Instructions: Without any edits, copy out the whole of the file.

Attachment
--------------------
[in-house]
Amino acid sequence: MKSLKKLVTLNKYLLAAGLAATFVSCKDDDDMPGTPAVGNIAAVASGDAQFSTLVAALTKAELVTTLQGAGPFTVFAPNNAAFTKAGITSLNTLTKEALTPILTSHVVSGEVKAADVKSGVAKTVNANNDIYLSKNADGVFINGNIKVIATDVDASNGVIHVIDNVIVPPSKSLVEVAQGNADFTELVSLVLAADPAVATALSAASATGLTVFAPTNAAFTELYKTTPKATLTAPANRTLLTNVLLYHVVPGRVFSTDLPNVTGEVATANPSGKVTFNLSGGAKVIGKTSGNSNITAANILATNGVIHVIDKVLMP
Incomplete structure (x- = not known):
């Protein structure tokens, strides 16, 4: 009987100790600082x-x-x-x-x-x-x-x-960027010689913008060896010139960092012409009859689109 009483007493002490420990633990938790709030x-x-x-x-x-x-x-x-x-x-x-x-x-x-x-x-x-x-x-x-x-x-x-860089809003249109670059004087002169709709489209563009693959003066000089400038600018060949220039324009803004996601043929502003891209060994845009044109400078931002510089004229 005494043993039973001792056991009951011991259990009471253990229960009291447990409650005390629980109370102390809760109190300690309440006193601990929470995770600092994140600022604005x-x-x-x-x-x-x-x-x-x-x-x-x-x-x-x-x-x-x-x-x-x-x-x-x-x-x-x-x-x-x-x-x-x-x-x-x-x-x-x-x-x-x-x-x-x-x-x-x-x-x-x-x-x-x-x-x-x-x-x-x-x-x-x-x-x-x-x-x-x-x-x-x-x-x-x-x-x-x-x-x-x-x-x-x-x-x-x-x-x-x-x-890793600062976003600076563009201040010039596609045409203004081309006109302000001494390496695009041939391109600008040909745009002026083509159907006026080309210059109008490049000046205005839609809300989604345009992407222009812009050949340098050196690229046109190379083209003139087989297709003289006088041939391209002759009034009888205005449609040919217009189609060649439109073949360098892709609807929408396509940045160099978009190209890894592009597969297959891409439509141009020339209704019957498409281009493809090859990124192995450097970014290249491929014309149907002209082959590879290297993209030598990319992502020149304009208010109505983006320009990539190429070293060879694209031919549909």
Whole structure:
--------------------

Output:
[in-house]
Amino acid sequence: MKSLKKLVTLNKYLLAAGLAATFVSCKDDDDMPGTPAVGNIAAVASGDAQFSTLVAALTKAELVTTLQGAGPFTVFAPNNAAFTKAGITSLNTLTKEALTPILTSHVVSGEVKAADVKSGVAKTVNANNDIYLSKNADGVFINGNIKVIATDVDASNGVIHVIDNVIVPPSKSLVEVAQGNADFTELVSLVLAADPAVATALSAASATGLTVFAPTNAAFTELYKTTPKATLTAPANRTLLTNVLLYHVVPGRVFSTDLPNVTGEVATANPSGKVTFNLSGGAKVIGKTSGNSNITAANILATNGVIHVIDKVLMP
Incomplete structure (x- = not known):
């Protein structure tokens, strides 16, 4: 009987100790600082x-x-x-x-x-x-x-x-960027010689913008060896010139960092012409009859689109 009483007493002490420990633990938790709030x-x-x-x-x-x-x-x-x-x-x-x-x-x-x-x-x-x-x-x-x-x-x-860089809003249109670059004087002169709709489209563009693959003066000089400038600018060949220039324009803004996601043929502003891209060994845009044109400078931002510089004229 005494043993039973001792056991009951011991259990009471253990229960009291447990409650005390629980109370102390809760109190300690309440006193601990929470995770600092994140600022604005x-x-x-x-x-x-x-x-x-x-x-x-x-x-x-x-x-x-x-x-x-x-x-x-x-x-x-x-x-x-x-x-x-x-x-x-x-x-x-x-x-x-x-x-x-x-x-x-x-x-x-x-x-x-x-x-x-x-x-x-x-x-x-x-x-x-x-x-x-x-x-x-x-x-x-x-x-x-x-x-x-x-x-x-x-x-x-x-x-x-x-x-890793600062976003600076563009201040010039596609045409203004081309006109302000001494390496695009041939391109600008040909745009002026083509159907006026080309210059109008490049000046205005839609809300989604345009992407222009812009050949340098050196690229046109190379083209003139087989297709003289006088041939391209002759009034009888205005449609040919217009189609060649439109073949360098892709609807929408396509940045160099978009190209890894592009597969297959891409439509141009020339209704019957498409281009493809090859990124192995450097970014290249491929014309149907002209082959590879290297993209030598990319992502020149304009208010109505983006320009990539190429070293060879694209031919549909």
Whole structure: